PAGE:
The Princess and the Frog (2009)

It should come as a surprise to no one who has not suddenly awakened from a hundred year sleep that The Princess and the Frog is the first Disney animated film to feature an African-American heroine. But the message of the film surely isn't that it's not easy being black. It's not easy being green is more like it. Tiana, the enterprising young woman at the center of The Princess and the Frog, spends most of the movie in a state of slimy green hoppyness, as a frog. And as much as a Disney fairy tale is all about the happily ever after, the suspense in this one is mostly about whether Tiana will live hoppily ever after.

The prince is a frog too. He's a feckless amphibian, a ne'er-do-well formerly human prince named Naveen (voiced by Bruno Campos), from the kingdom of Maldonia. The king and queen are about to disown him, so he arrives in New Orleans with his heart set on snagging a wealthy bride, so that he might continue with his hard partying ways. The girl most likely to be snagged is Charlotte (Jennifer Cody), daughter of Big Daddy La Bouff (John Goodman). Charlotte's best buddy since childhood is Tiana (Anika Noni Rose), a waitress working night and day to save enough money to open her own restaurant. That was her hard-working daddy's dream, and now it's hers. Another departure from the classic Disney canon: no dead mother in The Princess and the Frog. Tiana's mama (Oprah Winfrey) is alive and well, a seamstress whose best customer is Charlotte (who dresses like a princess, all the better to catch her Prince Charming).

Naveen is waylaid by a voodoo man named Dr. Facilier (Keith David), who turns him into a frog. Just how does Tiana, a frog-loather from way back, end up amphibianized herself? Long story short, she kisses the frog prince, just like in the fairy tale, but the smooch doesn't transform Naveen. Instead, poor Tiana is transmogrified herself. The two fractious frogs end up hopping through the bayou looking for ancient Mama Odie (Jenifer Lewis), reputed to be a voodoo spell undoer. They're accompanied on their journey by some local comic relief: a plump, jazz trumpet playing gator named Louis (Michael-Leon Wooley) and a dentally challenged cajun firefly named Ray (Jim Cummings).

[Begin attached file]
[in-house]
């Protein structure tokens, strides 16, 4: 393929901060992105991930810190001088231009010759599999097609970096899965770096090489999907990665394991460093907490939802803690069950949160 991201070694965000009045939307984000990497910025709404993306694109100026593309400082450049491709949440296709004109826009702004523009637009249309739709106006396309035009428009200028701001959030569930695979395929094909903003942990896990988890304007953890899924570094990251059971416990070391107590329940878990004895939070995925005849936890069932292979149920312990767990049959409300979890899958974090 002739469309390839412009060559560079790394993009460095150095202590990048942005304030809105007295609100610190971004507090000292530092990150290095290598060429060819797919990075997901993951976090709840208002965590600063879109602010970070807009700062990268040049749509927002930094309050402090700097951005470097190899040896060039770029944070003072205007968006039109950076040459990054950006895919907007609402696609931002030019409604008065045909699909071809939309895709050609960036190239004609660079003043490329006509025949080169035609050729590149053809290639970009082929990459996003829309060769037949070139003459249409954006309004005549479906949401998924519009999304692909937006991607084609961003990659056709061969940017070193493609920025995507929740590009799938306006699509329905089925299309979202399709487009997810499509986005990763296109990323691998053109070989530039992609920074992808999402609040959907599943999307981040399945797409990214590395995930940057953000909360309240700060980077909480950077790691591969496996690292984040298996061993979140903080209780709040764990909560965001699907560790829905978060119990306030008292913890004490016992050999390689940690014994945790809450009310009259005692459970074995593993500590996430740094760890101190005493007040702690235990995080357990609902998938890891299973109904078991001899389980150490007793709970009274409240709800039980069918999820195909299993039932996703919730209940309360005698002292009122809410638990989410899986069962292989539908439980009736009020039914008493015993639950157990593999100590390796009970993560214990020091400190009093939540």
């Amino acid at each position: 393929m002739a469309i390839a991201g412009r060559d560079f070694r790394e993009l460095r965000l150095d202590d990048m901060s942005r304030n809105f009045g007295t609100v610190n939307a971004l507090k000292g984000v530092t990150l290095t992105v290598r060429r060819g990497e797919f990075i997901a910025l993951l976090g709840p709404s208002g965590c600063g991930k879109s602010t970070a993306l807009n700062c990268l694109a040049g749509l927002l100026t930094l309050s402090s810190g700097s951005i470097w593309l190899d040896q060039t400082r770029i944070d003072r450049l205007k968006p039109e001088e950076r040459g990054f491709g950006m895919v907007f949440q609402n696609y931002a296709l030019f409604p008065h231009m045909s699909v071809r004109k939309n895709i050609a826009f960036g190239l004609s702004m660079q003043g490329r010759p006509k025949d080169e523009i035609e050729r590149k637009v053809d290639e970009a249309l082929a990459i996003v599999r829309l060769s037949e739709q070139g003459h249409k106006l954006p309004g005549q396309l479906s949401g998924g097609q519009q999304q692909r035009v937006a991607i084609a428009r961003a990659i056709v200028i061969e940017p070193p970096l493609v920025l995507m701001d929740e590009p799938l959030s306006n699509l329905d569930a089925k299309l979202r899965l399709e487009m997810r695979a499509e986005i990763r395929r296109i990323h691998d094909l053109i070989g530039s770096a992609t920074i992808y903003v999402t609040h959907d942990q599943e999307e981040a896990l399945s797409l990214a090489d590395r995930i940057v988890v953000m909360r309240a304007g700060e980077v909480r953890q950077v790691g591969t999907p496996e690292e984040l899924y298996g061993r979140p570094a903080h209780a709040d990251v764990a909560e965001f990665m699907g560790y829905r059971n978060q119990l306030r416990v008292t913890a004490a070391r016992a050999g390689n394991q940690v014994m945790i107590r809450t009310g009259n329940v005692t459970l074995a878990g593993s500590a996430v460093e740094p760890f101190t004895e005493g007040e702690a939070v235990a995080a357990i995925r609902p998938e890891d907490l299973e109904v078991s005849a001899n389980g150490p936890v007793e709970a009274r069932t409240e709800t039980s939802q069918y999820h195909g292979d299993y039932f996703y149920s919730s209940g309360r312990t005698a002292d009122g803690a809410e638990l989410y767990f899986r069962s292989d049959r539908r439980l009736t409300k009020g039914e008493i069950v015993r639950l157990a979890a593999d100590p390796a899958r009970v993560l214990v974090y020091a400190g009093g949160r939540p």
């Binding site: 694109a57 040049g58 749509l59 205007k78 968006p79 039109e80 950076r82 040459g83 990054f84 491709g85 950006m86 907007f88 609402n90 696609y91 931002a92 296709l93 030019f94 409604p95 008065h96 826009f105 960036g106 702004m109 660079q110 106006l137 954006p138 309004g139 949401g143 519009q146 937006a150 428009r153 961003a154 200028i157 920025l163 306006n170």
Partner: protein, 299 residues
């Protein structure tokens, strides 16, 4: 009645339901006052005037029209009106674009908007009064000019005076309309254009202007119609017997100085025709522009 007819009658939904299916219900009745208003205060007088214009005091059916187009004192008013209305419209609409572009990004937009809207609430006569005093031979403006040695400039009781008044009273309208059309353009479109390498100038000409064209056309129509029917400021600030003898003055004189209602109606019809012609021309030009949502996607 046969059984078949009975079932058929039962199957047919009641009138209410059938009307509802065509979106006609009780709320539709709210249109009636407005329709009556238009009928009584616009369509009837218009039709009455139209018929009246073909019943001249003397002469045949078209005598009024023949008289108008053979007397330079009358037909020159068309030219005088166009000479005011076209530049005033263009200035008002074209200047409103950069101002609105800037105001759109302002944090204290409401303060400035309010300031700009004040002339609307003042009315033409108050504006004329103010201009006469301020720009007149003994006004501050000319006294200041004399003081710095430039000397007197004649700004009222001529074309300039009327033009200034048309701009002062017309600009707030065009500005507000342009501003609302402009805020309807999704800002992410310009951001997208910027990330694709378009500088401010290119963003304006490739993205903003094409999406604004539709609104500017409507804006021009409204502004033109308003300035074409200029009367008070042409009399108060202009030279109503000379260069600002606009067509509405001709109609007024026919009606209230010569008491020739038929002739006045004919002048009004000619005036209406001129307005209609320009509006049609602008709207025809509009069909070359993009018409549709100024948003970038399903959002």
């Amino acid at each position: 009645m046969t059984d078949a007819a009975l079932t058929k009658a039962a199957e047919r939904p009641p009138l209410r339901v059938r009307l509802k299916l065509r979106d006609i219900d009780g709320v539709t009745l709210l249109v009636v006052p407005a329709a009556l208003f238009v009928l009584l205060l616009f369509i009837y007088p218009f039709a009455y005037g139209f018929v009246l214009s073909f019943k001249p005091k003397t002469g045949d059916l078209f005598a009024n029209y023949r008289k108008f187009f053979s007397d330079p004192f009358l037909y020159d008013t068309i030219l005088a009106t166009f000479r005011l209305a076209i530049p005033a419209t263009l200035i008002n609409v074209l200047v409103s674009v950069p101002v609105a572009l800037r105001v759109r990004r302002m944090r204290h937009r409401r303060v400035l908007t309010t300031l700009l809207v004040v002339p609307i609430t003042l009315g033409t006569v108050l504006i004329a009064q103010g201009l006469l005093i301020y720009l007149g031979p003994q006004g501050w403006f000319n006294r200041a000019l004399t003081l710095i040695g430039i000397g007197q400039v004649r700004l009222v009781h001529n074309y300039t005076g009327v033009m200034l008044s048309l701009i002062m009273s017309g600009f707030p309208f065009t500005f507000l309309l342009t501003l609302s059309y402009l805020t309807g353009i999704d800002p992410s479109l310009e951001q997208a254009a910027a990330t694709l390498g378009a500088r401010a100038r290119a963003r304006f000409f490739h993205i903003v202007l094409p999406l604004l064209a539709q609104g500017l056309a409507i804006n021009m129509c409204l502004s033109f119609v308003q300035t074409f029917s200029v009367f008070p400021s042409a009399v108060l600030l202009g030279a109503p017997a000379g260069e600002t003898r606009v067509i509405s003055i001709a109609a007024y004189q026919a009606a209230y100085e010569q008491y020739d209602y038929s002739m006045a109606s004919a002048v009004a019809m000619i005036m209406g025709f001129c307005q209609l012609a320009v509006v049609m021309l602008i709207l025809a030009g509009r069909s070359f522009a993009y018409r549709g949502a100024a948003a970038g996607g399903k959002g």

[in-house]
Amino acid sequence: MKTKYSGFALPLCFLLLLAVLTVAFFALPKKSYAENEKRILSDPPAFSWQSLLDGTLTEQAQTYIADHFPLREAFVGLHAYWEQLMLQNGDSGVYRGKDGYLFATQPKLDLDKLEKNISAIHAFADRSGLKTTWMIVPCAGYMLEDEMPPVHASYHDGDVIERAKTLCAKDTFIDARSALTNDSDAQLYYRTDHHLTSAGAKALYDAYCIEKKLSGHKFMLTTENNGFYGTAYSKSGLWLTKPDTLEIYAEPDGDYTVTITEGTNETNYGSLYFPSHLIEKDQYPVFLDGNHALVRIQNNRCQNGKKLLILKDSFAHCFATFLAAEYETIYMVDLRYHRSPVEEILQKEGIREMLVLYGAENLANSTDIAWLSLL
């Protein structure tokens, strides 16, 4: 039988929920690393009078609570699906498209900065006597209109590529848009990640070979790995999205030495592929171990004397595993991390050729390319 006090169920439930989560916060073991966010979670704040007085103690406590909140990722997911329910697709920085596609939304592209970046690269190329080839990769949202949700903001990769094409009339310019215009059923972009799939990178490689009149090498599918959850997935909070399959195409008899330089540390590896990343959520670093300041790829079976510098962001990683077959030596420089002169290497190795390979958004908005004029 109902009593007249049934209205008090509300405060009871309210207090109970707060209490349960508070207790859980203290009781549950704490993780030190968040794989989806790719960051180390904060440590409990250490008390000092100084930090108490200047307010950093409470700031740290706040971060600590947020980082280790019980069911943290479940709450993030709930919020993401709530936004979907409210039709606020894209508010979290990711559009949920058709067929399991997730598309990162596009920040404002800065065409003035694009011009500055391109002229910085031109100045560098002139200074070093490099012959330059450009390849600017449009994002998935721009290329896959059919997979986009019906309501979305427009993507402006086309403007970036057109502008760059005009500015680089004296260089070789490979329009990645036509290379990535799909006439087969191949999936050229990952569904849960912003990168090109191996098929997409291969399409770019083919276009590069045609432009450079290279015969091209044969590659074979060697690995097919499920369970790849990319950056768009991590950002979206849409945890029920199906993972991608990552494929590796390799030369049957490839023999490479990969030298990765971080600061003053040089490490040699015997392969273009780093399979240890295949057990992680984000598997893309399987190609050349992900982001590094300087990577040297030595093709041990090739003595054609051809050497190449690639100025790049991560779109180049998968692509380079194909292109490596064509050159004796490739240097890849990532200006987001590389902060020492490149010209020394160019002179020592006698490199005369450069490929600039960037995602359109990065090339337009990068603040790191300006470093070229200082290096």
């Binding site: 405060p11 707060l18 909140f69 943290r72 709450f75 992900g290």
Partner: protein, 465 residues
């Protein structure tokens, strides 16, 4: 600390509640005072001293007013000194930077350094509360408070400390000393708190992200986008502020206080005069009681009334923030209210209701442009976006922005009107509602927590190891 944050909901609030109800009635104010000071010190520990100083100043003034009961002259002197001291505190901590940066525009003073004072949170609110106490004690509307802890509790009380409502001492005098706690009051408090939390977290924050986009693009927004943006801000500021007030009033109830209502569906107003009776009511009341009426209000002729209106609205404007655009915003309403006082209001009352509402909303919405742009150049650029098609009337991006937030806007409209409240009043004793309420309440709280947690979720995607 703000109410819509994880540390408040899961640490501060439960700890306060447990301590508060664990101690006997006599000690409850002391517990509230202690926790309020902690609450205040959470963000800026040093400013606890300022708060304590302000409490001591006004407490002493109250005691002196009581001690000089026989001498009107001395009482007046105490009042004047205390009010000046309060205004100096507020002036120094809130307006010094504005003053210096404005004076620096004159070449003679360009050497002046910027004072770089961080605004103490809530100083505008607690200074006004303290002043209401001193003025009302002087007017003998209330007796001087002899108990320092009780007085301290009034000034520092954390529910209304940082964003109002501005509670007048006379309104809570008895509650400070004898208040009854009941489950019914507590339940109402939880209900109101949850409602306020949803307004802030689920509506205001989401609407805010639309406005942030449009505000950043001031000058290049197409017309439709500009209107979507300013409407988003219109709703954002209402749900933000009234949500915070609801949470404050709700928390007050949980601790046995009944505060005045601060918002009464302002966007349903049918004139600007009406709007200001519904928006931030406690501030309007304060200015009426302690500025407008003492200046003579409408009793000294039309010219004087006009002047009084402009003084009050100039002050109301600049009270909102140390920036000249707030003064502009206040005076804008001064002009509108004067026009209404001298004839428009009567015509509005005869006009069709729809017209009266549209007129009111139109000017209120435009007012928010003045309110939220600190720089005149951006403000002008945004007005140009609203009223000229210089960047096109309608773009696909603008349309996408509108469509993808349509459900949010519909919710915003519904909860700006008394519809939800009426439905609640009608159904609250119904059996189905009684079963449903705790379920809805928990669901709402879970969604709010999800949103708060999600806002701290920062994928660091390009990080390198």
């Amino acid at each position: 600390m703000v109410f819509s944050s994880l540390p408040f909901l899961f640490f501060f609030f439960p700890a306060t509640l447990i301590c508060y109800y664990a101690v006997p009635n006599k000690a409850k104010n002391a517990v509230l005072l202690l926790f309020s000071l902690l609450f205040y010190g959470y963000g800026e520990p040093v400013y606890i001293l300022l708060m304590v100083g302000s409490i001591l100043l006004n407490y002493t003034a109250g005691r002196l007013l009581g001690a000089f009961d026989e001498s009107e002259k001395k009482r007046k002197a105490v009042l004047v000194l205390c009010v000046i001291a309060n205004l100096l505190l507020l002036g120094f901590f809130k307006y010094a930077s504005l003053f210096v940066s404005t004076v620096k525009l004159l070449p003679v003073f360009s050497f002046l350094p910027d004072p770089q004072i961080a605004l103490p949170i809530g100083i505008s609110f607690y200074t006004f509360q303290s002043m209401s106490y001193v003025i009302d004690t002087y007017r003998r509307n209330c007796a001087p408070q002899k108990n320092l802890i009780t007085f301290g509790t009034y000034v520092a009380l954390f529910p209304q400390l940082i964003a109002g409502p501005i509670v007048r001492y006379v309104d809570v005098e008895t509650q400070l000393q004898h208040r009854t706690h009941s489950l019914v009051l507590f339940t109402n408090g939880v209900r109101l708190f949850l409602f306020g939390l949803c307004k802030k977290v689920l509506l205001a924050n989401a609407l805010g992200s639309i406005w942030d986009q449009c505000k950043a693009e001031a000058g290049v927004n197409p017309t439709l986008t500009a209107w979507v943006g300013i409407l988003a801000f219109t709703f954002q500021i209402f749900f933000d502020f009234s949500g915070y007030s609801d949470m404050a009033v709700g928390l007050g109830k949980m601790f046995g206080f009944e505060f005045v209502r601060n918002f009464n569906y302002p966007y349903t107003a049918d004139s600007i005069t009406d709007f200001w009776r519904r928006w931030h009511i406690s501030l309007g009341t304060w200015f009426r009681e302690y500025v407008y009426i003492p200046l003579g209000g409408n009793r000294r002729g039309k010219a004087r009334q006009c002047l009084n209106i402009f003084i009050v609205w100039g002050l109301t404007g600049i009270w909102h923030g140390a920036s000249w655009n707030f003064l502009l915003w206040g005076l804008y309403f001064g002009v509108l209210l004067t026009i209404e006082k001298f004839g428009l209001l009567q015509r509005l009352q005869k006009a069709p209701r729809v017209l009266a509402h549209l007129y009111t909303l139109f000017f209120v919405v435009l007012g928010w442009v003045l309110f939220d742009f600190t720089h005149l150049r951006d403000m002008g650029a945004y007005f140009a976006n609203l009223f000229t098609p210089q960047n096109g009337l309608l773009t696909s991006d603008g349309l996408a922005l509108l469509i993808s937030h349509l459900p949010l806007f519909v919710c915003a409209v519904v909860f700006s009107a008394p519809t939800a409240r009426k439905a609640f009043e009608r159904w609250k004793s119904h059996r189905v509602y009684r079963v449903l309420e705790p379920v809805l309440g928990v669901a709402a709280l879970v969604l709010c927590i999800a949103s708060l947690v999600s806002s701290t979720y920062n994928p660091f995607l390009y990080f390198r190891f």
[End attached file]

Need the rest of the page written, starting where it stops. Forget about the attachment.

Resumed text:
The Princess and the Frog throws a lot of obstacles in the path of the froggy pair, but the course of true love never did run smooth. Especially not through a swamp. They are frequently sidetracked by musical numbers too, this being a musical cartoon. Randy Newman wrote the songs, which are not especially memorable, but have the musical diversity of a Big Easy gumbo, minus the spice.

This is Disney's first foray into traditional hand-drawn animation in several years, and the very first since the studio came under the command of John Lasseter (of the Pixar pedigree). The old fashioned animation in The Princess and the Frog, directed by veterans Ron Clements and John Musker (*The Little Mermaid*) is quite lovely, with rich, warm and vibrant colors, and the kind of soft, painterly lines you just don't see in crisp, shiny digital animation. It's very pleasant to look at --  not overly busy or frantic, and definitely an effort to return the Mouse House to its former animation glory. In terms of its visual artistry, The Princess and the Frog shows that Disney is still harboring some genuine pencil and brush artists amongst all the pixel-pushers.

In another homage to old school animated movies, The Princess and the Frog is 100% snark-free, a G-rated-and-they-mean-it movie that gets its laughs from newbie frogs discovering the hazards of long, sticky tongues, and the joys of whoppin' mean ol' frog hunters upside the head. My pint-sized movie companions enjoyed themselves.

  So what about that African American heroine? Tiana's got the Barbie doll figure of the classic Disney heroine (she's a skinny frog too), and despite her working class roots, she looks the part of the princess, through and through. Tiana lives in an idealized 1920s New Orleans that looks to be happily racially integrated (this is a fairy tale), where what divides her and Charlotte isn't the color of their skin, but the size of their daddies' bank accounts. It's likely Tiana's daddy (Terence Howard) didn't even have one.

What really sets them apart though -- and what separates Tiana from the swarthy but racially indeterminate Naveen (who is effectively poor but also morally bankrupt) -- is that Tiana is an entrepreneurial American Dream bootstrapper. She believes that hard work will make her dreams come true eventually. And her dreams? No castles in the air, just pretty old antediluvian New Orleans and a big ol' gumbo pot to call her own. She wouldn't be caught dead singing "some day my prince will come." And she makes a point of never dancing. No time -- she's too busy working! The most radical thing about Tiana is that she never wanted to be a princess at all.